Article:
Doing a search for our GNT28 there was almost nothing on the Internet. Additionally, our device was parallel, which seems quite uncommon for CNC readers. We actually found the manufacturer and they were still in business, so we contacted them and they promised to send us a user manual.
While our device was apart we thought it a good time for some reverse-engineering in case the manufacturer didn’t come through. Looking a the ICs on the board it was clear there were 2 memory devices, F3341DC — these would most likely be for the data lines. Using this assumption it was relatively trivial to trace these back to pins 1-8 of the connector. All outputs seem to go through the inverters, DM7404N, so it was also clear that pins 9 and 10 were also outputs of some type. Pin 11 seems to be the only input.
Using the power of deduction, pin 11 is the control and pins 1-8 will be the data and finally, 9 and 10 will be some form of output, possibly a clock. With this, we put everything back together and moved on to testing.
Testing out a theory
In a recent post we looked at the Digilent Digital Discovery and with this device on our desk, we decided to put it through its paces. Looking at the circuit we can see the DM7404Ns are 5V, which is just within the Digital Discovery capabilities.
Connecting up pins 1-10 to inputs and then pin 11 to an output (3v3 only but should meet the logic levels of the DM7404N), we prepared the tape and turned it on. The reader sucked the whole tape in a few seconds — yikes paper hazard! Despite this, on our digital discovery, we have data. Pin 9 looks like a data ready pin since it seems to act like a clock. Pin 10 went high when we clicked ready on the GNT28 and stayed high until the tape was finished.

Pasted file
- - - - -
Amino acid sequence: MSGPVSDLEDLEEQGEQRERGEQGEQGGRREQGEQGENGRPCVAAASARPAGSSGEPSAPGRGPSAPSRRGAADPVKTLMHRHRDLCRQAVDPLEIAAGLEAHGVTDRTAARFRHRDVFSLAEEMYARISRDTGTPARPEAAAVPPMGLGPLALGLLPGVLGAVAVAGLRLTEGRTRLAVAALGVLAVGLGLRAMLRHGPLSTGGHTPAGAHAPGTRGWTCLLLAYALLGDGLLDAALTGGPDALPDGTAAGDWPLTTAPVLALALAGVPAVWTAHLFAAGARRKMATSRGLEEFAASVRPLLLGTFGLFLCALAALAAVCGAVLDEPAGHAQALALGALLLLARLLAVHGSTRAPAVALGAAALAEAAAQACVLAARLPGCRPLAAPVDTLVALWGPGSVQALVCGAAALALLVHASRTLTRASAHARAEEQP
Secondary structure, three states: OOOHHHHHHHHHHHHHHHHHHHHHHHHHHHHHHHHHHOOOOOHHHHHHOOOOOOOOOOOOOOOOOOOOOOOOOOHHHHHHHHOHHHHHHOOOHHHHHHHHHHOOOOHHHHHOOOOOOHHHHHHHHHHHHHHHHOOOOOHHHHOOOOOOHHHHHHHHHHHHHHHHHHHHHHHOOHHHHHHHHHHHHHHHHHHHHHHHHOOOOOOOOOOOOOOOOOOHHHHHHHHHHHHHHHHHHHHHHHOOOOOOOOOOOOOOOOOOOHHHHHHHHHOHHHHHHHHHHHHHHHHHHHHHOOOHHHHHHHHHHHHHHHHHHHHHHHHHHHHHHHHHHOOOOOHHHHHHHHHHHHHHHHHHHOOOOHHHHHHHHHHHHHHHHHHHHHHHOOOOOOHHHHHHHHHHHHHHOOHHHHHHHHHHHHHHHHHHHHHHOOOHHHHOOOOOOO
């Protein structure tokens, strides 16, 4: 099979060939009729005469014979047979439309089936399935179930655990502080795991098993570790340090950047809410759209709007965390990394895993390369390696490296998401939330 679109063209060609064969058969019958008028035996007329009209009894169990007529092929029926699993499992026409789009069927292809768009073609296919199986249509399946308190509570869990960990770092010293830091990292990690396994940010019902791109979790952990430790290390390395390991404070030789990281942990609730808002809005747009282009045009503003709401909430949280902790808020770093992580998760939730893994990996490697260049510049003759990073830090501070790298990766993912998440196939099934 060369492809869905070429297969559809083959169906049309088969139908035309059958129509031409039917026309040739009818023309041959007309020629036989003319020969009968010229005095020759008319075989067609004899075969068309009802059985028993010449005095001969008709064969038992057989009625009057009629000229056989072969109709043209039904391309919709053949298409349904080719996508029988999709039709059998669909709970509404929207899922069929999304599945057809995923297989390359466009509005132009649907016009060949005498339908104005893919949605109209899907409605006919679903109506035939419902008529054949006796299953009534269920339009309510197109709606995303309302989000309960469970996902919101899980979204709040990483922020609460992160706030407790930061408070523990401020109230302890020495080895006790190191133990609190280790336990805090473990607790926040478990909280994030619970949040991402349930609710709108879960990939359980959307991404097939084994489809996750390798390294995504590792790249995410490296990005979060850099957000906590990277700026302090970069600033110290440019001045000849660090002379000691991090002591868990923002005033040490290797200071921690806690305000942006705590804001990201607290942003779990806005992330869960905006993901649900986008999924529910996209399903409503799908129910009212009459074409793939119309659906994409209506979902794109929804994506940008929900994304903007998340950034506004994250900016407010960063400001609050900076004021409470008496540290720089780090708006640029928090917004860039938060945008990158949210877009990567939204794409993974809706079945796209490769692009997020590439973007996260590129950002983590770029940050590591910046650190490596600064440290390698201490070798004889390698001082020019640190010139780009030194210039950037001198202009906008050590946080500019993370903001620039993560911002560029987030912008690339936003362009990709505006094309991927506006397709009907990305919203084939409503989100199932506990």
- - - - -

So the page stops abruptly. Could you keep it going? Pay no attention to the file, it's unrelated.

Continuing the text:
Shortly afterwards we received a present in the post from the manufacturer: a manual for the tape reader. As can be seen in the schematic in the back of the manual, our deductions were spot on. This gave us the confidence to make a cable and adapter. We also found we can pulse the input to provide a slower data rate out.
All that was left was to provide a quick interface circuit to a Pmod connector used on the myStorm boards that will be used at the chip hack, and all is ready for the RTL coding.
Debugging old devices is a task some find daunting, The generations that came before us had to “do it properly” and wire logic using felt tip pens and sticky tape, of all things. The reality is the problems faced are the same now as they were then, therefore the solutions will be similar. Allowing use of a tape reader at the Chip Hack EDSAC Challenge event will give a little authentic flavour to our computing history. It may even help drive the future by providing an interest in the RTL to drive this “upgrade” and the challenges within.